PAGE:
Learning through Our Mistakes: Decoding the Process

Only available on StudyMode
  • Download(s) : 97
  • Published : December 2, 2012
Open Document
Text Preview
Can we really learn from our mistakes? If so, how does that actually happen? Knowledge and education has helped create connections with everything that we see in society. We call these connections that have formed our memories, both good and bad. Psychologists have researched and gathered information on the creation or formation of memories and learned behaviors. Furthermore, psychologists have provided ample information on how memories can affect the education of students or people looking to learn something new. Therefore, it is through the increase attention to the ways the mind is able to obtain memories and information that can essentially help us decrease our mistakes. Richard Atkinson and Richard Shiffrin developed a three-step model that details on how the brain is able to process and develop memories. All memories are created through the fleeting sensory memory before it is encoded into a short-term memory so that it can be continually rehearsed before it is translated into a long-term memory (Meyers, 2011). Basically Atkinson and Shiffrin’s theory is based on the idea that the mind can only retain information that is consciously received; however the modified version offered by Meyers (2011) presents a much different idea. According to Meyers the mind still translates incoming information into a sensory memory (Meyers 2011). The second step to this modified version still claims the encoding of the sensory memory into a working memory. This working memory concentrates on the encoding and active processing of current immediate stimuli (Meyers, 2011). Over time the information is rehearsed and turned into a long-term memory. The great thing about the working memory concept is that it associates new and old information and solves problems so that we are able to handle all situations that we engage in. So what factors and behaviors increase memory retention? To begin most information is encountered and retained through the act of rehearsing, or conscious...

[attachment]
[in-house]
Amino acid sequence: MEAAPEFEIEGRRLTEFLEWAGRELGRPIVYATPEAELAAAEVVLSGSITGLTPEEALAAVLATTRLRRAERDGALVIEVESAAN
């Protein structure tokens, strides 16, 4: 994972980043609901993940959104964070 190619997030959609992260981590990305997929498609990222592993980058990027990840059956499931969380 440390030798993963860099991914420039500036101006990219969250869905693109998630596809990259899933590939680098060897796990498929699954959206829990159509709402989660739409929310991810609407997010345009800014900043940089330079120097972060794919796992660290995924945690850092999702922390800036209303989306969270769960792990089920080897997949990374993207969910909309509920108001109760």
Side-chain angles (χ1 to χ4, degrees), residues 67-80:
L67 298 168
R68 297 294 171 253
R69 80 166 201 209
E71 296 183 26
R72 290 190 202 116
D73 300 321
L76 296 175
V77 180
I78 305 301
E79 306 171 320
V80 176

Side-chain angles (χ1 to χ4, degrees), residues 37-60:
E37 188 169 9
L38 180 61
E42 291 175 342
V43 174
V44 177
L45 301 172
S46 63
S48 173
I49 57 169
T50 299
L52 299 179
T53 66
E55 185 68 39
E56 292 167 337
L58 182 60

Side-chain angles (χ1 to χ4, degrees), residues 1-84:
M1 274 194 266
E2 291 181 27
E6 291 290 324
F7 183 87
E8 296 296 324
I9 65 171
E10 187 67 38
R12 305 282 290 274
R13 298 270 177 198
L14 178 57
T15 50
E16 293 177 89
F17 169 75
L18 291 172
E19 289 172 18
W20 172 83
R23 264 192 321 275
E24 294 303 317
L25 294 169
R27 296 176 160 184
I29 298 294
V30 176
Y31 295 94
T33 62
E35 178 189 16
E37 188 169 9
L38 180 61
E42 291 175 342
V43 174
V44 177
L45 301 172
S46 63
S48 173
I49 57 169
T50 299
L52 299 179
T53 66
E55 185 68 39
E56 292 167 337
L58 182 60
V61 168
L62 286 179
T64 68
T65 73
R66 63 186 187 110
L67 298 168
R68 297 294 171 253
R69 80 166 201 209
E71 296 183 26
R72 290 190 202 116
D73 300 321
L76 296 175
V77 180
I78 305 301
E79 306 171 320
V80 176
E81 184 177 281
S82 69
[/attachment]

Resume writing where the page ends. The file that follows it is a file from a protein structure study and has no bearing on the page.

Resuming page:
tracking img